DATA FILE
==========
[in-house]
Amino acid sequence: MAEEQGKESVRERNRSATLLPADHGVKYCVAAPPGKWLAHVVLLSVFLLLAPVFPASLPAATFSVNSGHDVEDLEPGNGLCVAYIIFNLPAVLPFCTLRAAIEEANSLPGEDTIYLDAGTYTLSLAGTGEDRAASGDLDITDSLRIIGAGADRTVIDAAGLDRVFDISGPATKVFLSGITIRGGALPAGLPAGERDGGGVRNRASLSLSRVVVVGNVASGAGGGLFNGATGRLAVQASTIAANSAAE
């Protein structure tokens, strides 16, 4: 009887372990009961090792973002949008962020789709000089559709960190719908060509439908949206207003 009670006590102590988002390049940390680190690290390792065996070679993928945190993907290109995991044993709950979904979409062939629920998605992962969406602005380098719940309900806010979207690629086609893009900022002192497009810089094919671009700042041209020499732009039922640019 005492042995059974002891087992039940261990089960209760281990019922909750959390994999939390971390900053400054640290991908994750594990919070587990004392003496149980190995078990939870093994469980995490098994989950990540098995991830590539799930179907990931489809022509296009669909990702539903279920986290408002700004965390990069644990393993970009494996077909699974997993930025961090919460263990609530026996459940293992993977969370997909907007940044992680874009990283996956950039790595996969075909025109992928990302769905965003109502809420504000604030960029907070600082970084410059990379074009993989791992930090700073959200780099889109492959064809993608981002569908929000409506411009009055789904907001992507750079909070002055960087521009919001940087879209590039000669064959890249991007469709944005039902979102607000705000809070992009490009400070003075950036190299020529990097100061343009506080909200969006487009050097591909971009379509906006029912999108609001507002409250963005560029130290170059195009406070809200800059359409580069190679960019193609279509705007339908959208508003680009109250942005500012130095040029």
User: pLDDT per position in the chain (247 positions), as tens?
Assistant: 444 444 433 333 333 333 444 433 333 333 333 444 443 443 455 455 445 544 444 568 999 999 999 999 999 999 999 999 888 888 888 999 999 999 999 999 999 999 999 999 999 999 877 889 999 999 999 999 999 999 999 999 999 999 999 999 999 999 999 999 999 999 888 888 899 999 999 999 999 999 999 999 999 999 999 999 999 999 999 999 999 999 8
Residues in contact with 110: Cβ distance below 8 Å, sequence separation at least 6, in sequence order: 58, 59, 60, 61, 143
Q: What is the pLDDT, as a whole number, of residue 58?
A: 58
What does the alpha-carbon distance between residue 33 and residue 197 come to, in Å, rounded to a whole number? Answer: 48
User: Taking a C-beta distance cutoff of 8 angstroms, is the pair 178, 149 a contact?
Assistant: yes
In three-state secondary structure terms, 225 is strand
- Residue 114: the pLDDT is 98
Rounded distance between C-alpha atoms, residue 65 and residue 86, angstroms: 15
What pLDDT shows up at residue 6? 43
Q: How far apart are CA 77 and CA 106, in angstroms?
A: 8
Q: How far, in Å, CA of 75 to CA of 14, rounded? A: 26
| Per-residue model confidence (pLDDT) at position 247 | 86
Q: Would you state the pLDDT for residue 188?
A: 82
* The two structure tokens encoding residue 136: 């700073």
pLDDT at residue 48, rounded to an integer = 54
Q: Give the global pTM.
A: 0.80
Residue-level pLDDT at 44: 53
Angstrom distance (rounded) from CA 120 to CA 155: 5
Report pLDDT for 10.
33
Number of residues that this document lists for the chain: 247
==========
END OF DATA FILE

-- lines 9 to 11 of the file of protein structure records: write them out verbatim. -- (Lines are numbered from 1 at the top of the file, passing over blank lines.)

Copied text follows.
What does the alpha-carbon distance between residue 33 and residue 197 come to, in Å, rounded to a whole number? Answer: 48
User: Taking a C-beta distance cutoff of 8 angstroms, is the pair 178, 149 a contact?
Assistant: yes